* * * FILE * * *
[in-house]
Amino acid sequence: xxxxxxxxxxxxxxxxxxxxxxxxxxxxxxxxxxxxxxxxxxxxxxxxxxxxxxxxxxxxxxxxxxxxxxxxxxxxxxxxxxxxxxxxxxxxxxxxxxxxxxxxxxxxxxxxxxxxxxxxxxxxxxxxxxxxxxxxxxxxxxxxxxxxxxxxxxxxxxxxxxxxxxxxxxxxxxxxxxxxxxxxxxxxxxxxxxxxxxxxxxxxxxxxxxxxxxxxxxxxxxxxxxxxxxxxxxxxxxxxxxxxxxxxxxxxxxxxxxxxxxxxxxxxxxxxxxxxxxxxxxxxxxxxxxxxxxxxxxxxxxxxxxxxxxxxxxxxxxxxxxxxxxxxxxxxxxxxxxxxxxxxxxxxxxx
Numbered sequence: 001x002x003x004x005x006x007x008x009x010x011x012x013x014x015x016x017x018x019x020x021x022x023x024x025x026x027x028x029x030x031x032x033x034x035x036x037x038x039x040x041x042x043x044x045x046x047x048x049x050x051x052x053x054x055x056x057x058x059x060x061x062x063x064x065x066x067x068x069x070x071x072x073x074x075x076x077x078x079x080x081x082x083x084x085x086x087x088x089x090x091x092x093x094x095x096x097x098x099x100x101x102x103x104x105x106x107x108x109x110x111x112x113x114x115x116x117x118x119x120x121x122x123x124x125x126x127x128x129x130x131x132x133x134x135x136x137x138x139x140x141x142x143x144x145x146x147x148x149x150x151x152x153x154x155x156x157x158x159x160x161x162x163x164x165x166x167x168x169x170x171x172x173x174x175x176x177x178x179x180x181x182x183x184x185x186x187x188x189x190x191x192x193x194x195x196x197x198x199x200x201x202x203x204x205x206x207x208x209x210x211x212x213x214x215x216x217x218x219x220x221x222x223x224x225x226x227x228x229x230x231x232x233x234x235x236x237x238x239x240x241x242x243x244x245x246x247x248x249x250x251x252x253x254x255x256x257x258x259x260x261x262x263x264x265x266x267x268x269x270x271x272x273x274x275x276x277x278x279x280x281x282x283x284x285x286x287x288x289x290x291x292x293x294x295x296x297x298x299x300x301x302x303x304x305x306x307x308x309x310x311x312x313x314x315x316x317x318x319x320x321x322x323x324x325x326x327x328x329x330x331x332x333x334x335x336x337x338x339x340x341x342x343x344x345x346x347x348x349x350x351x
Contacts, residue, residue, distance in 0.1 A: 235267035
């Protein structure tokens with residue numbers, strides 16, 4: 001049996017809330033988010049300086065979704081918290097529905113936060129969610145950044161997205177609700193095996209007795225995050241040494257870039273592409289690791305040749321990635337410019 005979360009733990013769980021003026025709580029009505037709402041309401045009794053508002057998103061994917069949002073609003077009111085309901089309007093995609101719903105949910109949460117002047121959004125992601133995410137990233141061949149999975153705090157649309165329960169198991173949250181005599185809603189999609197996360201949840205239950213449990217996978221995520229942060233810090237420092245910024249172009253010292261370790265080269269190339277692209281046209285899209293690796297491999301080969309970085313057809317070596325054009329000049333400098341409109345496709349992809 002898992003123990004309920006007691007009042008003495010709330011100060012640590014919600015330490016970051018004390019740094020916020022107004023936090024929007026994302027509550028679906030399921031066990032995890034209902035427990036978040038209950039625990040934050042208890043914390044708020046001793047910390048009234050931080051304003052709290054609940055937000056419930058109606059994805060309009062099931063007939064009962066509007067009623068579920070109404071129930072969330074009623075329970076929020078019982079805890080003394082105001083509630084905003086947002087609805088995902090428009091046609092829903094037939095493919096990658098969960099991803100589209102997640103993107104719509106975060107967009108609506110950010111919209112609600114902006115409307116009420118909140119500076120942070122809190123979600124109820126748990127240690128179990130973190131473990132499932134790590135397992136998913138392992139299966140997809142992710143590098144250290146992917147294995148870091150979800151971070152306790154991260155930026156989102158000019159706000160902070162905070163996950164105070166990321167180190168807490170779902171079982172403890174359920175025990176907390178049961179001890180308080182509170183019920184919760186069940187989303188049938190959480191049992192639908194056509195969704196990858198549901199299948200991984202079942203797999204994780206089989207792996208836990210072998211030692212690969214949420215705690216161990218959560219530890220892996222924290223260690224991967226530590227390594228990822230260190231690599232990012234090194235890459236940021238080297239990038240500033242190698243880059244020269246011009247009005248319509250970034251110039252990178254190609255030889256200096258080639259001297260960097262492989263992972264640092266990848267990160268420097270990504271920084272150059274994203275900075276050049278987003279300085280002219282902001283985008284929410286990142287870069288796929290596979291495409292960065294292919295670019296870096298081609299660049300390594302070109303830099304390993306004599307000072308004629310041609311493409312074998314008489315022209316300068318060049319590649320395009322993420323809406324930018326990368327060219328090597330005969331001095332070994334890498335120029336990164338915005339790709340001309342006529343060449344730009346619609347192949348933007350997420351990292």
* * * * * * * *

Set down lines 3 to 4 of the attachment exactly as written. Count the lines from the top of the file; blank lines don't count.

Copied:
Numbered sequence: 001x002x003x004x005x006x007x008x009x010x011x012x013x014x015x016x017x018x019x020x021x022x023x024x025x026x027x028x029x030x031x032x033x034x035x036x037x038x039x040x041x042x043x044x045x046x047x048x049x050x051x052x053x054x055x056x057x058x059x060x061x062x063x064x065x066x067x068x069x070x071x072x073x074x075x076x077x078x079x080x081x082x083x084x085x086x087x088x089x090x091x092x093x094x095x096x097x098x099x100x101x102x103x104x105x106x107x108x109x110x111x112x113x114x115x116x117x118x119x120x121x122x123x124x125x126x127x128x129x130x131x132x133x134x135x136x137x138x139x140x141x142x143x144x145x146x147x148x149x150x151x152x153x154x155x156x157x158x159x160x161x162x163x164x165x166x167x168x169x170x171x172x173x174x175x176x177x178x179x180x181x182x183x184x185x186x187x188x189x190x191x192x193x194x195x196x197x198x199x200x201x202x203x204x205x206x207x208x209x210x211x212x213x214x215x216x217x218x219x220x221x222x223x224x225x226x227x228x229x230x231x232x233x234x235x236x237x238x239x240x241x242x243x244x245x246x247x248x249x250x251x252x253x254x255x256x257x258x259x260x261x262x263x264x265x266x267x268x269x270x271x272x273x274x275x276x277x278x279x280x281x282x283x284x285x286x287x288x289x290x291x292x293x294x295x296x297x298x299x300x301x302x303x304x305x306x307x308x309x310x311x312x313x314x315x316x317x318x319x320x321x322x323x324x325x326x327x328x329x330x331x332x333x334x335x336x337x338x339x340x341x342x343x344x345x346x347x348x349x350x351x
Contacts, residue, residue, distance in 0.1 A: 235267035